A Linden on the Sea
This story is closed in a glass bottle, left to the sea to get as far as it can …
You can find it from
• Bazar – Piazzale Pian de Valli – Monte Terminillo (RI)
• Libreria La Centrale – Piazza V. Emanuele, 8 – Rieti
• Mondadori Bookstore – Via Roma, 61 – Rieti
• Libreria Moderna – Via Garibaldi, 244 – Rieti
• Libreria Sapere – Viale Maraini, 16 – Rieti
• Edicola “Il Girasole” – Fronte Palazzo Sanizi – Rieti
• Edicola Molino della Salce – Rieti
• Edicola Striscia la Notizia – Viale Matteucci – Rieti
• Punto e Virgola – Contigliano (RI)
Preface by: Luca Scopigno
Felice Nucci amazed me again. And, I’m sure, it will amaze you too.
After “The seller of dreams and Mr Jack”, the Rieti author in his second effort, ventures into another surprising work, “full of life” (as he would say), emotions and dreams.
The softness, the optimism, the trust in others and in the future pervade Felice Nucci new work, a novel in which the protagonist is subjected from life to tragic and undeserved misadventures.
The so called Mr Forrest, is not discouraged by human adversities nor the existence. He faces life with courage and awareness and, without losing the spirit, he is able to react positively to the terrible trials that life has reserved.
Each time he finds the strength and the clarity to look forward with surprising optimism.
The optimism in indeed something that will always give him new experiences, people, friends, places and horizons.
It’s the hallmark of the author’s inspiration: optimism, courage, strength and the ability to look forward even after events so negative that can stun even the strongest.
That of Felice is an inspiration that comes from within and from an extraordinary character that allows you to love without conditions all humans, animals and what comes from nature, and all, deservedly and fully, reciprocate it.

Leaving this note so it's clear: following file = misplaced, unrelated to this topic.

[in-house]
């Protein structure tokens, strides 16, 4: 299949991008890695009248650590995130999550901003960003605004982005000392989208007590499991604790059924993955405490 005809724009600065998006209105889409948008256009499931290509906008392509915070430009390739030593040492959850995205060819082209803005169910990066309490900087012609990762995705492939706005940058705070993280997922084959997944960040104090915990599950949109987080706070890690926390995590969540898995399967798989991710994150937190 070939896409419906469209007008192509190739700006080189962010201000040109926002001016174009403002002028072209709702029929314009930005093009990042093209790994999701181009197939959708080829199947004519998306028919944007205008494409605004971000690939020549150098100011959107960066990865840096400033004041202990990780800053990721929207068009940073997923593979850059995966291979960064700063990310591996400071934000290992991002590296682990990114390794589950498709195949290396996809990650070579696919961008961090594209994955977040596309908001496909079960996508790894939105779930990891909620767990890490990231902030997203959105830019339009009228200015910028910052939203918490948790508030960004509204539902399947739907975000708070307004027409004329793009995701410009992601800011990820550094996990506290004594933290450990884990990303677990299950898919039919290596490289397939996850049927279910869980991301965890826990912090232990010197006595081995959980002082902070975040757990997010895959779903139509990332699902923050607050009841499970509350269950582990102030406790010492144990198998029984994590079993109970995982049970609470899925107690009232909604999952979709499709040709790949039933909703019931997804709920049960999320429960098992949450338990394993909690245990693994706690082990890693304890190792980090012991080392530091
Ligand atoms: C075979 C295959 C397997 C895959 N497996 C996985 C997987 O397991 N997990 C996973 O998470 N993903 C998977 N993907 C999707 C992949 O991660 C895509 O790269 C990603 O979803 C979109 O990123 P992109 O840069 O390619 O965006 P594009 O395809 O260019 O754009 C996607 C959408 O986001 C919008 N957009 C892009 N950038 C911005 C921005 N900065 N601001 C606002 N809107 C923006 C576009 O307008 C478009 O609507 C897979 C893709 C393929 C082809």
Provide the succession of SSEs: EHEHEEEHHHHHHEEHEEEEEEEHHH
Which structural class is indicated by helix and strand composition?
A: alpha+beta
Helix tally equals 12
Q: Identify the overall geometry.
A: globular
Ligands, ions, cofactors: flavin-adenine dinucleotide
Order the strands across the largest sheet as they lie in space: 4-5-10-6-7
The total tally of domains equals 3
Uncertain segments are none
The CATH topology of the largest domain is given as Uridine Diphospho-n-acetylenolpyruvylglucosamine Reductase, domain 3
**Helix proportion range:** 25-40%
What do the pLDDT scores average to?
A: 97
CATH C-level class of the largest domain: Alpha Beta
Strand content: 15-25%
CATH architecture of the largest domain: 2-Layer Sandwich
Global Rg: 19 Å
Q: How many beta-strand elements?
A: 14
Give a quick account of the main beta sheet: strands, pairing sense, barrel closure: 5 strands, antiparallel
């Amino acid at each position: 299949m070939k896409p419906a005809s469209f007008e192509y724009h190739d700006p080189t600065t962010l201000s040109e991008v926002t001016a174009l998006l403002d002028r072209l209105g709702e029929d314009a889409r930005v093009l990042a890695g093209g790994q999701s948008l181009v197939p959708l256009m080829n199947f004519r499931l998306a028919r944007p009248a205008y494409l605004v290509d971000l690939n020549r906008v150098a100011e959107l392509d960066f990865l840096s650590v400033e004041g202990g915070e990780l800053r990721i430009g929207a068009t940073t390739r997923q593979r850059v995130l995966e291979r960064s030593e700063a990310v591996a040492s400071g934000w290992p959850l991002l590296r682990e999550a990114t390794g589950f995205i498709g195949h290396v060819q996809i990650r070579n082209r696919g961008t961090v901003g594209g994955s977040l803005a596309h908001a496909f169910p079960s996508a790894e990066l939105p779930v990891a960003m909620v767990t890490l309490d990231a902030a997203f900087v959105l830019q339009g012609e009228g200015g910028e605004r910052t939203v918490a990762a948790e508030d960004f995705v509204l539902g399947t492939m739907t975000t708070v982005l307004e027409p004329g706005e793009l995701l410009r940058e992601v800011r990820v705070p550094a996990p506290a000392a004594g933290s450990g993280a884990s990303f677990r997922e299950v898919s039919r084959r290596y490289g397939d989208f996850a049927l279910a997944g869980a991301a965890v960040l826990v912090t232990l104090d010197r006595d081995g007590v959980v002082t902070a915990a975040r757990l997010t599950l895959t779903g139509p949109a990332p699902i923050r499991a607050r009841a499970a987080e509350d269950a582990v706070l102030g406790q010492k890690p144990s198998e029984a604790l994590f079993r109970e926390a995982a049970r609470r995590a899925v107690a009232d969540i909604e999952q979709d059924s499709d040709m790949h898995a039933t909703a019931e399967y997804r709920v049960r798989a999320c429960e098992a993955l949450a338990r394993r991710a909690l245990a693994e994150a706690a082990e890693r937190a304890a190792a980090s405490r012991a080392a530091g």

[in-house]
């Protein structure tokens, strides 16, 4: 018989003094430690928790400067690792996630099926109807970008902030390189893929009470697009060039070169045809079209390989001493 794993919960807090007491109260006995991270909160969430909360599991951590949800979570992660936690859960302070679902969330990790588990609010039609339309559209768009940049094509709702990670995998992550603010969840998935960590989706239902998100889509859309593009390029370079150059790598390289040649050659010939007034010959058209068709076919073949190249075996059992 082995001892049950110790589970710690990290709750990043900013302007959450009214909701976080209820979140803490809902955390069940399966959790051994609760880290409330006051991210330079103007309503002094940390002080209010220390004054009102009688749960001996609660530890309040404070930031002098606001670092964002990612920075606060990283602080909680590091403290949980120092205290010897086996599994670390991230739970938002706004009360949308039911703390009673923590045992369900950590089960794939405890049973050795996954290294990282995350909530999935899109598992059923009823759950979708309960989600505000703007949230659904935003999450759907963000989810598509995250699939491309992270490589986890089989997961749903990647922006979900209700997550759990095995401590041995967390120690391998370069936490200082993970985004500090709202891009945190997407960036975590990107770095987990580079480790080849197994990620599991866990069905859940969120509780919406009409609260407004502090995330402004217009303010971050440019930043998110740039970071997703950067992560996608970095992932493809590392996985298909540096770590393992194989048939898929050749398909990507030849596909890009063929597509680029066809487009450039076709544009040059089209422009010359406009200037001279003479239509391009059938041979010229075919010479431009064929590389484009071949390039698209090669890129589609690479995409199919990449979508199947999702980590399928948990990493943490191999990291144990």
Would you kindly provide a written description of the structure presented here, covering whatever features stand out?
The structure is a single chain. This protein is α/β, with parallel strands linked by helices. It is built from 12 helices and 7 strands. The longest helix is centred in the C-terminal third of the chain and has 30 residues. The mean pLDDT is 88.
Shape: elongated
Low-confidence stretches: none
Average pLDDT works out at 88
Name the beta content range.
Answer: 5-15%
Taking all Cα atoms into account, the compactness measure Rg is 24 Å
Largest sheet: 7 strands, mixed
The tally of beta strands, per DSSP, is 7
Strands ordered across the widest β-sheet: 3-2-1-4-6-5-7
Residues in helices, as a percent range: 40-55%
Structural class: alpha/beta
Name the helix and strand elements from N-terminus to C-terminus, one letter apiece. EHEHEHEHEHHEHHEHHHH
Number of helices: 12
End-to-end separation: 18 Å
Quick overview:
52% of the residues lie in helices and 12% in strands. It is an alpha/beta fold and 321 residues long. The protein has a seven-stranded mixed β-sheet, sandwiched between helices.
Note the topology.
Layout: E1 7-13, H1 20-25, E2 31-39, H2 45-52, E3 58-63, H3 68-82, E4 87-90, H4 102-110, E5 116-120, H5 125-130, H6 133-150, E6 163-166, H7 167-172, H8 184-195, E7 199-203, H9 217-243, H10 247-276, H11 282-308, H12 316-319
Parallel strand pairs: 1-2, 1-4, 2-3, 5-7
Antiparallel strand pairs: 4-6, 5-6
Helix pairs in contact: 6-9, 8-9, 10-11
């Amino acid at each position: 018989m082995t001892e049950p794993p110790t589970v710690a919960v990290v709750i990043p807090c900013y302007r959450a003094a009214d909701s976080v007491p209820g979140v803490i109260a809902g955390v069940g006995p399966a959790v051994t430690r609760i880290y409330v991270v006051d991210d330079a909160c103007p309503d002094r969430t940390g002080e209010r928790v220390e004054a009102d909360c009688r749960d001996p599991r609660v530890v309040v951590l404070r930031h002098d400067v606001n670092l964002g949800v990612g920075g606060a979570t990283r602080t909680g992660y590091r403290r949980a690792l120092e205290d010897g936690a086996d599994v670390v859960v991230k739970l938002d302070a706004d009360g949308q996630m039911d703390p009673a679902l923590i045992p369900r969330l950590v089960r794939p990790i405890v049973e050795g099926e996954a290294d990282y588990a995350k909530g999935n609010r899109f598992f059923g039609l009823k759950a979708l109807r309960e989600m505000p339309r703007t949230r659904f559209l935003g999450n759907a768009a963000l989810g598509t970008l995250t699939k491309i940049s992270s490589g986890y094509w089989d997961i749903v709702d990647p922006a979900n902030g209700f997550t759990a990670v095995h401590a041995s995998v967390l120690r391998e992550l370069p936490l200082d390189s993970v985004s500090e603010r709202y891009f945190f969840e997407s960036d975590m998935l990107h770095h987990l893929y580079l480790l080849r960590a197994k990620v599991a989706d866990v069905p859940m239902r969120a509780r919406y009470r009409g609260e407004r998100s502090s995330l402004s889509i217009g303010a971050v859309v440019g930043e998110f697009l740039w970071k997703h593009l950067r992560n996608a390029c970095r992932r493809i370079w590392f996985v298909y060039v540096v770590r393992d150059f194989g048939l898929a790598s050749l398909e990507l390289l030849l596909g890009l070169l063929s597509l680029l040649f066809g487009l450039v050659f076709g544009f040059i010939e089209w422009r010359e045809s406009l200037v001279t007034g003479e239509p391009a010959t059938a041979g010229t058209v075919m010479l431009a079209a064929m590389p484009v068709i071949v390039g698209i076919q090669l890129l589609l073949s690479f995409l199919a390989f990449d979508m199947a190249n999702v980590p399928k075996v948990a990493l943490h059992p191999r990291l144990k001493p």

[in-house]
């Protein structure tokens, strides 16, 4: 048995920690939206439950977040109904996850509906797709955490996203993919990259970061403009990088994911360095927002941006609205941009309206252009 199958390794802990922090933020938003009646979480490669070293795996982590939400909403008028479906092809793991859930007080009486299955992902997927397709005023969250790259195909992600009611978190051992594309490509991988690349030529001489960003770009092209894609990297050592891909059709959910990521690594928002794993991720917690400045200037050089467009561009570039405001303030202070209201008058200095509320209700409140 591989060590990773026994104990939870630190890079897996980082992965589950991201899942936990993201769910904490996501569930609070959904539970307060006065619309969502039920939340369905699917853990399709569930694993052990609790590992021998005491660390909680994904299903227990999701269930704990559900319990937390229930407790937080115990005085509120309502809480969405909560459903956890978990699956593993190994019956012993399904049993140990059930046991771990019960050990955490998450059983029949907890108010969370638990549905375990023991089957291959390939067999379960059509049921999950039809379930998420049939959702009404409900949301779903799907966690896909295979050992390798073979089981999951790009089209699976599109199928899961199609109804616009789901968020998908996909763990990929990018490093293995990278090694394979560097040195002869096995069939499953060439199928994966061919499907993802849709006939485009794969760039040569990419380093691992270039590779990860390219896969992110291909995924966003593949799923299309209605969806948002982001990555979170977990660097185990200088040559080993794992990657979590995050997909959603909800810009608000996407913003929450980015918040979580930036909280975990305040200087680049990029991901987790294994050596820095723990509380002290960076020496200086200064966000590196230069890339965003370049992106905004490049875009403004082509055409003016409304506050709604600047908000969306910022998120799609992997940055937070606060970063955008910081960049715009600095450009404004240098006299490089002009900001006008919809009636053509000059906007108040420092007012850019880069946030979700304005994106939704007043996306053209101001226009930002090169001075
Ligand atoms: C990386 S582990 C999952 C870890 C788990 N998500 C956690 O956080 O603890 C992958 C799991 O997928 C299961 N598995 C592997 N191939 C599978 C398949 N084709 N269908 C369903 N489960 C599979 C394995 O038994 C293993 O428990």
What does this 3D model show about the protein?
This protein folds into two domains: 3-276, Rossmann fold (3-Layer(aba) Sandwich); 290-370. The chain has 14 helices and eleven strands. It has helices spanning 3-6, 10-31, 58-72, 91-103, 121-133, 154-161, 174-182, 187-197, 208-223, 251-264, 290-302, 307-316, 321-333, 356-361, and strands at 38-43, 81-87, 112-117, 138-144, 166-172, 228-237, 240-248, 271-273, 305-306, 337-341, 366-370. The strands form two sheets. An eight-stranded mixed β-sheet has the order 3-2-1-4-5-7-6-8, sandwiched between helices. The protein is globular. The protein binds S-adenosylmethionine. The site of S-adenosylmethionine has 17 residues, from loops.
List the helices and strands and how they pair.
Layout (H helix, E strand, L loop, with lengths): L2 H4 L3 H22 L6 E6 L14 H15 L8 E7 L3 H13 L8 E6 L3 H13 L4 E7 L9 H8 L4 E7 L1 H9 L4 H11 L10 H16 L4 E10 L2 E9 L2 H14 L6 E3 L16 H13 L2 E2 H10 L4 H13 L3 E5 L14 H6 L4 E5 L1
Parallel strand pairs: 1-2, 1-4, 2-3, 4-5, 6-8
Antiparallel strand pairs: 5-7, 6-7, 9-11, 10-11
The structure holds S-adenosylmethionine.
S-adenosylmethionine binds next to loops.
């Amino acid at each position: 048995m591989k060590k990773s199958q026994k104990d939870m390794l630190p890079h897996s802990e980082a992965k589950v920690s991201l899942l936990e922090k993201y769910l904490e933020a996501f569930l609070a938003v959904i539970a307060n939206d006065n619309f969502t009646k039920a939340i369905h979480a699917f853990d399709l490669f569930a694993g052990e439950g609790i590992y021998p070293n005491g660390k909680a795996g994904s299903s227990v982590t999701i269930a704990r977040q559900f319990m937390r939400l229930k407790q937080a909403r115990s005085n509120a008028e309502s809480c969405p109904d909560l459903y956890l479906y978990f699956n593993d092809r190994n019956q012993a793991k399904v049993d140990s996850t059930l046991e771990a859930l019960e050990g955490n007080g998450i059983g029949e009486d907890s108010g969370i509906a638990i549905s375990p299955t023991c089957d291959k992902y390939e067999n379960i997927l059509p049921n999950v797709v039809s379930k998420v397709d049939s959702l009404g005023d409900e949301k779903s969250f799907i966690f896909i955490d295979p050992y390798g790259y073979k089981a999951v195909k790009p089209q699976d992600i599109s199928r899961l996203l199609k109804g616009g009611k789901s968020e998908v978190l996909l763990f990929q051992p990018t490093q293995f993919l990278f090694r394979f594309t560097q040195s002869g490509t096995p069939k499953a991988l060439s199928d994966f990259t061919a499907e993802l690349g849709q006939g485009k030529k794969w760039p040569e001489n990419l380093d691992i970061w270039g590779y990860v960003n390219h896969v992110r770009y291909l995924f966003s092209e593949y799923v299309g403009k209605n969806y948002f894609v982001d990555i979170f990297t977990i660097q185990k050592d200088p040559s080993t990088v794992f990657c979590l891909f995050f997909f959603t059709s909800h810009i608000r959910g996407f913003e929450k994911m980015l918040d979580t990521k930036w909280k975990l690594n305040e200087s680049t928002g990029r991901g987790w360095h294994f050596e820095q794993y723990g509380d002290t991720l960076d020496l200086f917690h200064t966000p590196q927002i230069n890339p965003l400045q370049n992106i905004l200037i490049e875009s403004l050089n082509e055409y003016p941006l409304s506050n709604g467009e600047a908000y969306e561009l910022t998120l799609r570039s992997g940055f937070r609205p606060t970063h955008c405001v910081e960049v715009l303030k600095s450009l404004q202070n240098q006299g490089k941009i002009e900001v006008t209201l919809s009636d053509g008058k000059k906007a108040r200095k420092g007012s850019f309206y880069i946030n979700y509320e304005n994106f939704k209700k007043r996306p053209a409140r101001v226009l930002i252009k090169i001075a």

To contribute to the author’s fortunate inspiration are his diverse and multifaceted life experiences and the extraordinary family from which the author draws solidarity and boundless love . For this reason it’s fair, in this preface, to mention also Franca, Silvia and Massimo, in sequence Felice’s wife, daughter and son, without whom I am reasonably sure, Felice wouldn’t have been able to express and communicate so many feelings and emotions.
The book will keep you glued to its pages and, despite the hard suffering involving Mr Forrest life, will not let you indulge in pessimism.
The author, as in the previous book, shows that he believes in the goodness of men and life, even if it’s hard sometimes.
It’s a life capable of giving us so much, if we only have the courage not to turn our back.
This time it will be more difficult for the reader to recognize places and people because Felice chooses, as usual, indefinite spaces.
If in”The Seller of Dreams” there was the mountain, a close and familiar mountain, now the author chooses a distant and even exotic sea.
Through the accurate descriptions of characters and places, he is able to take us with him to live and see clearly landscapes full of life, colourful and extraordinary.
Felice will amaze and greet you leaving you, once again, with wet eyes and a smile on your lips.